|Broward County Commission Approves Port Everglades Master/Vision Plan|
Port Everglades received approval today from the Broward County Board of County Commissioners to move forward with a comprehensive Master/Vision Plan - including a five-year Capital Improvement Plan, and 10- and 20-year Vision Plans. Environmental concerns relating to the release of the Conservation Easement, which impacts the Turning Notch, will be discussed in a separate County Commission workshop to take place within the next 60 days.
Highlights of the 20-year Vision Plan include:
The entire Port Everglades Master/Vision Plan document - 5-Year Plan and 10- and 20-Year Vision Plans - are available online, at www.portevergladesmasterplanupdate.com .
In 2006, the Broward County Port Everglades Department retained the services of DMJM Harris, a nationally recognized engineering, planning and economic analysis consulting firm, to prepare a comprehensive Master/Vision Plan including a five-year Capital Improvement Plan, and 10- and 20-year Vision Plans for the South Florida seaport. In preparing the Plan, DMJM Harris assessed the changes that have taken place regionally, nationally, internationally and at the Port since 2001 when Port Everglades' presented its original 20-year Vision Master/Vision Plan. The assessment included changing business trends and adjustments that have resulted in the post-9/11 environment.
Port stakeholders and the public were invited to provide input during a series of workshops over the course of the Plan's development, including three public workshops at the Broward County Library that were held in the evenings, and two workshops with the Broward County Commission. The consulting team also conducted one-on-one interviews with key stakeholders whose businesses are located at Port Everglades.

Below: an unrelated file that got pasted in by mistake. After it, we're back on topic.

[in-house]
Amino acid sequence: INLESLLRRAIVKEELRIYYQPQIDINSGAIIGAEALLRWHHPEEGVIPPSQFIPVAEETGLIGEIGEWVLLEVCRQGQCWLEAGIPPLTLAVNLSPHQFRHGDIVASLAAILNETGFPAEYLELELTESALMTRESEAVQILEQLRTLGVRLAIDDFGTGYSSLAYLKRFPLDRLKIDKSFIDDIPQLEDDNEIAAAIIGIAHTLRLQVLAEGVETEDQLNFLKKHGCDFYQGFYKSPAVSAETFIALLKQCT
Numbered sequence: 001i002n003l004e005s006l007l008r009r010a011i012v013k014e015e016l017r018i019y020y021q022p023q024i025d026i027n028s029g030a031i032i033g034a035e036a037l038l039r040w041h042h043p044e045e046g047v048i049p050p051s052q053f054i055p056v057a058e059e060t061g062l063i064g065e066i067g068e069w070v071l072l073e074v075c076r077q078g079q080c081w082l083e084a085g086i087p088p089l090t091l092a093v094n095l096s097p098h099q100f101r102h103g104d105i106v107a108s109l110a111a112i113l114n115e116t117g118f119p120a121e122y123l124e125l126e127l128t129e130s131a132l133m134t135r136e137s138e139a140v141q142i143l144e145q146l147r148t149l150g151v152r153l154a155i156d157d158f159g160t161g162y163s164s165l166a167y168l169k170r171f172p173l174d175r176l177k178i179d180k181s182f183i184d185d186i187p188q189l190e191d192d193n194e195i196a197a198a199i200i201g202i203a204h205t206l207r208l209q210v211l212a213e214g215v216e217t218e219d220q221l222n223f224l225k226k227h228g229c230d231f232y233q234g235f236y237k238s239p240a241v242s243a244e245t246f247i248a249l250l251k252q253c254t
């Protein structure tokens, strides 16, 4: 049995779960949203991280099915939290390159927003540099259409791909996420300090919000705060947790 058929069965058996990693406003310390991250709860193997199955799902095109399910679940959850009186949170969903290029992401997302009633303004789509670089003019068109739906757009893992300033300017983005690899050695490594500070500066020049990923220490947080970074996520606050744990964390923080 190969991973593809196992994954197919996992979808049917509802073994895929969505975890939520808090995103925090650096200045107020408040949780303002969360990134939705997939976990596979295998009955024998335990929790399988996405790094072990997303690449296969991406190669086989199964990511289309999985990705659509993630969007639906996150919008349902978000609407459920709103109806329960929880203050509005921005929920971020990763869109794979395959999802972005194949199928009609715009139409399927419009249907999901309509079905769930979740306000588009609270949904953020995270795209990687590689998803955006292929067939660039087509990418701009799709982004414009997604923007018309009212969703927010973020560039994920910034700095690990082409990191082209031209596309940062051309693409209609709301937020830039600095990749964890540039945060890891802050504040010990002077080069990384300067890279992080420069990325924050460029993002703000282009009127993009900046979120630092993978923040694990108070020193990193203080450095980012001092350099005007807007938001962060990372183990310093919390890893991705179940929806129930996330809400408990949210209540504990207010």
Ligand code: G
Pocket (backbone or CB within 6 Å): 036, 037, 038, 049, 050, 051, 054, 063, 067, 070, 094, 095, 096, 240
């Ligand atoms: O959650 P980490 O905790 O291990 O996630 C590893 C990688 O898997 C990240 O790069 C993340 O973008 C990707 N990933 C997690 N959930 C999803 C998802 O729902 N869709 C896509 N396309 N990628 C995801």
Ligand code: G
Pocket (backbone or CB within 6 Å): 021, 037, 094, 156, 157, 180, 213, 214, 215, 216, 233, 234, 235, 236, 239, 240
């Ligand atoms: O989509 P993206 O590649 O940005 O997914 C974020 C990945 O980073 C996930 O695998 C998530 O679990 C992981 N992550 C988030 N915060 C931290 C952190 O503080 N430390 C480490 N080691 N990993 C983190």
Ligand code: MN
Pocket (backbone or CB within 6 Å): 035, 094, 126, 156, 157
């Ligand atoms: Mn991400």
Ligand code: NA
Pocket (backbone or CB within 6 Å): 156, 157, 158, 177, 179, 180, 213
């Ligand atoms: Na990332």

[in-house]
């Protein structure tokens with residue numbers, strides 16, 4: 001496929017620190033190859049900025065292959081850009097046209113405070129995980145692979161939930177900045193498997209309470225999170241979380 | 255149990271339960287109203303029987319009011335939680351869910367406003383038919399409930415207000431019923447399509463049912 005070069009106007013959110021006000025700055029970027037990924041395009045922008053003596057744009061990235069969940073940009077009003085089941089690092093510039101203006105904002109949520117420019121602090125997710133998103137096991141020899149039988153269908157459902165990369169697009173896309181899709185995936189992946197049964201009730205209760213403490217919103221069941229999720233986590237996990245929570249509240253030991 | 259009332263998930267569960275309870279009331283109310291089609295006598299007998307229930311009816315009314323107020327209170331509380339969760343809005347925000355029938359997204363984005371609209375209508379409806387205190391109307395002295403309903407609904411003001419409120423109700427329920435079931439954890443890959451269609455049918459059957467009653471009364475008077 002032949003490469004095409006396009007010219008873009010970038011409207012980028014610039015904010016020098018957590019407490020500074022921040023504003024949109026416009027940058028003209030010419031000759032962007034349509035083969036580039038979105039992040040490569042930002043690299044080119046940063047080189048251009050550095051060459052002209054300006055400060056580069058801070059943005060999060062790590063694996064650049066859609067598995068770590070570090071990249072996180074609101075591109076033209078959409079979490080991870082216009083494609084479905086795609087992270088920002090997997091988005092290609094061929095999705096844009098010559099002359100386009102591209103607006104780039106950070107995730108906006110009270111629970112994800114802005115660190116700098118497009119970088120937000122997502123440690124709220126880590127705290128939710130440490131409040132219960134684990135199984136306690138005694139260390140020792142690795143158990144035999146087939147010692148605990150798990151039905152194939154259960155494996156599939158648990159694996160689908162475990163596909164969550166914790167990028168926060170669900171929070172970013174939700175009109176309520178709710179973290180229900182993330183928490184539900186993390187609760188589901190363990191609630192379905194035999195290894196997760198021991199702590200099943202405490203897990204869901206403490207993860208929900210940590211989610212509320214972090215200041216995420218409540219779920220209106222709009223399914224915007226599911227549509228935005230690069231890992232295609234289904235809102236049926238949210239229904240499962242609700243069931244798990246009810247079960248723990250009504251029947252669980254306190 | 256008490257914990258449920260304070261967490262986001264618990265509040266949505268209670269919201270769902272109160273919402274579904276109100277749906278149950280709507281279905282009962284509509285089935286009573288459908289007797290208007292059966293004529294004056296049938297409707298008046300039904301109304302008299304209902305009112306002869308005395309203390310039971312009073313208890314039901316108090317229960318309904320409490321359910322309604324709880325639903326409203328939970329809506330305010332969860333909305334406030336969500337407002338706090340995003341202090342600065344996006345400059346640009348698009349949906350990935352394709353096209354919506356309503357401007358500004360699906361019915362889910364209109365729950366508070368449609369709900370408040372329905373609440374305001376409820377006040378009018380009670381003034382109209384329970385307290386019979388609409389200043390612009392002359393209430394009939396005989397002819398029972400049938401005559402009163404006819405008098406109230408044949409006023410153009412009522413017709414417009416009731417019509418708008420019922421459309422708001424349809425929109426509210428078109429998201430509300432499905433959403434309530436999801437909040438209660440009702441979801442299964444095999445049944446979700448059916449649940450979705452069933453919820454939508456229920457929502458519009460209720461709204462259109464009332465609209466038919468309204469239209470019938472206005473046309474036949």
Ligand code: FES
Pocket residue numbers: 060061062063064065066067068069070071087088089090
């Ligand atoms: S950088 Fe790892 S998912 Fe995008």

CRUISE IMPROVEMENTS IN 5-YEAR PLAN
Six of Port Everglades' 12 cruise terminals would be renovated or expanded during the five-year Capital Improvement Plan.
Terminal 18 will undergo two phases of renovations. The first phase will convert approximately 33,000 square feet of existing warehouse space into a cruise ship passenger baggage area capable of accommodating a Voyager-class cruise ship with 3,100 passengers. The second phase would accommodate a Genesis-class ship of 5,400 to 6,400 passengers and would provide an additional 72,000 square feet of interior space.
Terminal 4 in the Northport section of Port Everglades and Terminal 19 in Midport are slated to be redeveloped and expanded to accommodate larger cruise ships. Adjacent Terminals 21 and 22 would be combined so that there is more space for passengers and baggage sailing on mega-cruise ships. And Terminal 2 in Northport will be renovated with a new entrance lobby as part the separation of the Broward County Convention Center from the seaport.
A 1,200 parking space parking structure will be added to the Midport cruise area, which would provide for a total of 3,203 spaces in the Midport area. Roadways leading to and from the cruise terminal areas would also be widened and improved to accommodate more taxis and for more efficient traffic flow.